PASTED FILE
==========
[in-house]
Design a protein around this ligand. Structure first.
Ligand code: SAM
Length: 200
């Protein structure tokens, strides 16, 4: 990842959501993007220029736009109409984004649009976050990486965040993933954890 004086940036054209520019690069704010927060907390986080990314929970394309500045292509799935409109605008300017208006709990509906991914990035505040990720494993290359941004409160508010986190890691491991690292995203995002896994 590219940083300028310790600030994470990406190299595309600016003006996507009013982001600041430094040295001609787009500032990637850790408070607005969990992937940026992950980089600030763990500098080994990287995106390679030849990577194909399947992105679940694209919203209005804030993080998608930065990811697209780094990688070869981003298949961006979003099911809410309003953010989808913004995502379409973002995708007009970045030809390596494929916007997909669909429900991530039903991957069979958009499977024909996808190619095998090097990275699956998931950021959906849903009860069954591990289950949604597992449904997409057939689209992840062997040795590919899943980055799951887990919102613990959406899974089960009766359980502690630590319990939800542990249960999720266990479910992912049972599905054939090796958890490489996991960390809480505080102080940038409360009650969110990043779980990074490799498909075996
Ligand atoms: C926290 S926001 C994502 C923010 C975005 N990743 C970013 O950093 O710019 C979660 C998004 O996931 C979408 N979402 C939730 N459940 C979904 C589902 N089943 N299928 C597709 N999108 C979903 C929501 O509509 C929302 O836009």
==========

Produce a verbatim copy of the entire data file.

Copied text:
[in-house]
Design a protein around this ligand. Structure first.
Ligand code: SAM
Length: 200
């Protein structure tokens, strides 16, 4: 990842959501993007220029736009109409984004649009976050990486965040993933954890 004086940036054209520019690069704010927060907390986080990314929970394309500045292509799935409109605008300017208006709990509906991914990035505040990720494993290359941004409160508010986190890691491991690292995203995002896994 590219940083300028310790600030994470990406190299595309600016003006996507009013982001600041430094040295001609787009500032990637850790408070607005969990992937940026992950980089600030763990500098080994990287995106390679030849990577194909399947992105679940694209919203209005804030993080998608930065990811697209780094990688070869981003298949961006979003099911809410309003953010989808913004995502379409973002995708007009970045030809390596494929916007997909669909429900991530039903991957069979958009499977024909996808190619095998090097990275699956998931950021959906849903009860069954591990289950949604597992449904997409057939689209992840062997040795590919899943980055799951887990919102613990959406899974089960009766359980502690630590319990939800542990249960999720266990479910992912049972599905054939090796958890490489996991960390809480505080102080940038409360009650969110990043779980990074490799498909075996
Ligand atoms: C926290 S926001 C994502 C923010 C975005 N990743 C970013 O950093 O710019 C979660 C998004 O996931 C979408 N979402 C939730 N459940 C979904 C589902 N089943 N299928 C597709 N999108 C979903 C929501 O509509 C929302 O836009």